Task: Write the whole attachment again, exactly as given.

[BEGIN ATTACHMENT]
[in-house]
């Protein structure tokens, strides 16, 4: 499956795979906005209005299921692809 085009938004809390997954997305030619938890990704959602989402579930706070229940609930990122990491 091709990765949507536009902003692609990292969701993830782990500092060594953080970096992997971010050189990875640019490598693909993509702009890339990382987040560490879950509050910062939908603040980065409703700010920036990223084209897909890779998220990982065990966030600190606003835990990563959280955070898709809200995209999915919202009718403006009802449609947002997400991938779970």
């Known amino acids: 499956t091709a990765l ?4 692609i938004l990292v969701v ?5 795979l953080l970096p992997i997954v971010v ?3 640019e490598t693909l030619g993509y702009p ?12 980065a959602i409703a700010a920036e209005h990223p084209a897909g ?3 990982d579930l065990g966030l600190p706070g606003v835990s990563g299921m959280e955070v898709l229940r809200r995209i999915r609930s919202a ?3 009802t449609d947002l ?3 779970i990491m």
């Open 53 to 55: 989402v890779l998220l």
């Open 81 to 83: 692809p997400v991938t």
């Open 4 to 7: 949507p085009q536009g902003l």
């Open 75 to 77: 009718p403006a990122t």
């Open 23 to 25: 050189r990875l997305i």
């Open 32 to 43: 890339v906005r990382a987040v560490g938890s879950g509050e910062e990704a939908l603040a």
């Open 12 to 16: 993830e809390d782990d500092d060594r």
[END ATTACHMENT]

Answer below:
[in-house]
């Protein structure tokens, strides 16, 4: 499956795979906005209005299921692809 085009938004809390997954997305030619938890990704959602989402579930706070229940609930990122990491 091709990765949507536009902003692609990292969701993830782990500092060594953080970096992997971010050189990875640019490598693909993509702009890339990382987040560490879950509050910062939908603040980065409703700010920036990223084209897909890779998220990982065990966030600190606003835990990563959280955070898709809200995209999915919202009718403006009802449609947002997400991938779970």
């Known amino acids: 499956t091709a990765l ?4 692609i938004l990292v969701v ?5 795979l953080l970096p992997i997954v971010v ?3 640019e490598t693909l030619g993509y702009p ?12 980065a959602i409703a700010a920036e209005h990223p084209a897909g ?3 990982d579930l065990g966030l600190p706070g606003v835990s990563g299921m959280e955070v898709l229940r809200r995209i999915r609930s919202a ?3 009802t449609d947002l ?3 779970i990491m």
């Open 53 to 55: 989402v890779l998220l």
């Open 81 to 83: 692809p997400v991938t």
């Open 4 to 7: 949507p085009q536009g902003l």
């Open 75 to 77: 009718p403006a990122t």
């Open 23 to 25: 050189r990875l997305i």
């Open 32 to 43: 890339v906005r990382a987040v560490g938890s879950g509050e910062e990704a939908l603040a």
């Open 12 to 16: 993830e809390d782990d500092d060594r």